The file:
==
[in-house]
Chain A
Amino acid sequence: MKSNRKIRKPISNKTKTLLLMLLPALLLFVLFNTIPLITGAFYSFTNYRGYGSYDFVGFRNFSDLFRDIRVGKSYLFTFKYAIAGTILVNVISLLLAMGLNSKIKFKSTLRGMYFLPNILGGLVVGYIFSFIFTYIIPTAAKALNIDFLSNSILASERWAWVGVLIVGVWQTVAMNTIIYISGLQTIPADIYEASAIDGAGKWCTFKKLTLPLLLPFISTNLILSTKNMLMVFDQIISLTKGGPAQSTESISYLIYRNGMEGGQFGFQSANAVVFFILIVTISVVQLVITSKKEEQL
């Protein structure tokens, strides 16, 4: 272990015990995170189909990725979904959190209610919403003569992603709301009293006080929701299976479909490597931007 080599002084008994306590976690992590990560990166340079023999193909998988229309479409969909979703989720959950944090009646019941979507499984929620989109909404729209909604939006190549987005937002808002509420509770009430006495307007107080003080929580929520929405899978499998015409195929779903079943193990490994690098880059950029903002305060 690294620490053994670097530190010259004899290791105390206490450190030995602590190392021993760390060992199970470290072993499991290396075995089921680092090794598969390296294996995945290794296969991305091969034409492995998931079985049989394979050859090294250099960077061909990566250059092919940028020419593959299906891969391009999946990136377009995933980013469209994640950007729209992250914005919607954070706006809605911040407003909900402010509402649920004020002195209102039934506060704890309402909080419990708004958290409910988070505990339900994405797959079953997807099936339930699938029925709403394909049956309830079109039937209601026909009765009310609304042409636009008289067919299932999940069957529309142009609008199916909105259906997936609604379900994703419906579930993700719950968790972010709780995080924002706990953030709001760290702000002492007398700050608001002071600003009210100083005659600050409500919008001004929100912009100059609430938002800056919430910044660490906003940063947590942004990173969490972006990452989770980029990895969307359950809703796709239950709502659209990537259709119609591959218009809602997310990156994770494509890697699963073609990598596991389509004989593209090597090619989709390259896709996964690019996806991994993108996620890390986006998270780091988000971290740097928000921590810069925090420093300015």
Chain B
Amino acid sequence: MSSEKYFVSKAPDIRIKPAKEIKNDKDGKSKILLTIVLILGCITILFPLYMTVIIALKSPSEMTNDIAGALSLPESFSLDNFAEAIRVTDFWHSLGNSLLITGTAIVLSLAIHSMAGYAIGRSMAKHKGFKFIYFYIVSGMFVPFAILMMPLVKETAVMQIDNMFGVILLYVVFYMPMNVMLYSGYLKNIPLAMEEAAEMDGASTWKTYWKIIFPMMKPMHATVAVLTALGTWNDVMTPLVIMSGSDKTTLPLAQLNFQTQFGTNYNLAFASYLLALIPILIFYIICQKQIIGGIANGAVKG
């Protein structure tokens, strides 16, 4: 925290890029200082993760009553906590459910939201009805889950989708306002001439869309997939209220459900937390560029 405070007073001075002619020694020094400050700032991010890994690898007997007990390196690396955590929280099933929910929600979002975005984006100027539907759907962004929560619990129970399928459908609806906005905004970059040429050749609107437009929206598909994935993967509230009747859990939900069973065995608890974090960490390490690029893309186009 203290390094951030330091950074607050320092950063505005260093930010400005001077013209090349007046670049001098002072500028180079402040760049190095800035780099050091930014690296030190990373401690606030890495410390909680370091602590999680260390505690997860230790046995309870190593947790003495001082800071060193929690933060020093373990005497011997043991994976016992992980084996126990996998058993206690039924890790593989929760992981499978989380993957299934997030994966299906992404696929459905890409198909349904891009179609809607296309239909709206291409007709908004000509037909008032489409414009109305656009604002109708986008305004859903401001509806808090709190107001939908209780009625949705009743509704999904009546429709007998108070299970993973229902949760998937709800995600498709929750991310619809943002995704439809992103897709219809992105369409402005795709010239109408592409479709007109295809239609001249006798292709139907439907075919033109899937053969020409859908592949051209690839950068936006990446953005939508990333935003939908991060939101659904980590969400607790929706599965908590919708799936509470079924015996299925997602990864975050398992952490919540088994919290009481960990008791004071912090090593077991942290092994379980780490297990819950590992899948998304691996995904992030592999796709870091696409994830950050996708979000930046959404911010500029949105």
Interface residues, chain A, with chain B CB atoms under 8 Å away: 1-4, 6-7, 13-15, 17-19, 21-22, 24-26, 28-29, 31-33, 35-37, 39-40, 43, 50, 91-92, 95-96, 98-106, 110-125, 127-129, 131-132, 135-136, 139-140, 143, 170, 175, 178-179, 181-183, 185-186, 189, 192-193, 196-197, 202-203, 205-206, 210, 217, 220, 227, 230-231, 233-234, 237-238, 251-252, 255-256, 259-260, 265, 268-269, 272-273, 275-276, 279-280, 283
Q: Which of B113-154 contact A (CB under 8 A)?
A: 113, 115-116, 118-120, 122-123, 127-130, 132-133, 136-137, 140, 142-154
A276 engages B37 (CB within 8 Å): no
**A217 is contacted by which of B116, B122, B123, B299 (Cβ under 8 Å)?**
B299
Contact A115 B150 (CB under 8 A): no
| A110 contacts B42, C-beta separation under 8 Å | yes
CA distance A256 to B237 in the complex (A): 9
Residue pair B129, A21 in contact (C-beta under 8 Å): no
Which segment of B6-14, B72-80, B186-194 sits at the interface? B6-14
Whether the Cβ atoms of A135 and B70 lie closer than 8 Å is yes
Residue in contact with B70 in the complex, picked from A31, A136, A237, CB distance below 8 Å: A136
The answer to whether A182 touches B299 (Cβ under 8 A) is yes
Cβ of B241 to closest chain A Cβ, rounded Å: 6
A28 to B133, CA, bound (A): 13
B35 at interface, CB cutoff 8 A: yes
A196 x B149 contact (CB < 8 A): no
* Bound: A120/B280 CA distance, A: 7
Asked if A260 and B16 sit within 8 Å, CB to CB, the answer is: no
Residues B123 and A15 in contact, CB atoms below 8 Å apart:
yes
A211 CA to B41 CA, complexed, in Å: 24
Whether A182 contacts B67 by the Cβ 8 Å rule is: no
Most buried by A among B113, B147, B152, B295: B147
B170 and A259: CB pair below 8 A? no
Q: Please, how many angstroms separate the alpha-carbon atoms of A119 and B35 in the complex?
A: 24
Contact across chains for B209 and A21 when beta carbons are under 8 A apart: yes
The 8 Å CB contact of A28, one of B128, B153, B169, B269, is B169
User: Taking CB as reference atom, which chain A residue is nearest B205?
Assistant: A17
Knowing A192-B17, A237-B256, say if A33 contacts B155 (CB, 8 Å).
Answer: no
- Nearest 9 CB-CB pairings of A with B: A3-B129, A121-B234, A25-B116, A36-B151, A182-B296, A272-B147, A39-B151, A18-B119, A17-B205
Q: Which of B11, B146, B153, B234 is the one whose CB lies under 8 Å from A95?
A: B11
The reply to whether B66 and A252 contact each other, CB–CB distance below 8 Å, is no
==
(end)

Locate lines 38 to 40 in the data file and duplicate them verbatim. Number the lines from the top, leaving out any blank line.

User: Taking CB as reference atom, which chain A residue is nearest B205?
Assistant: A17
Knowing A192-B17, A237-B256, say if A33 contacts B155 (CB, 8 Å).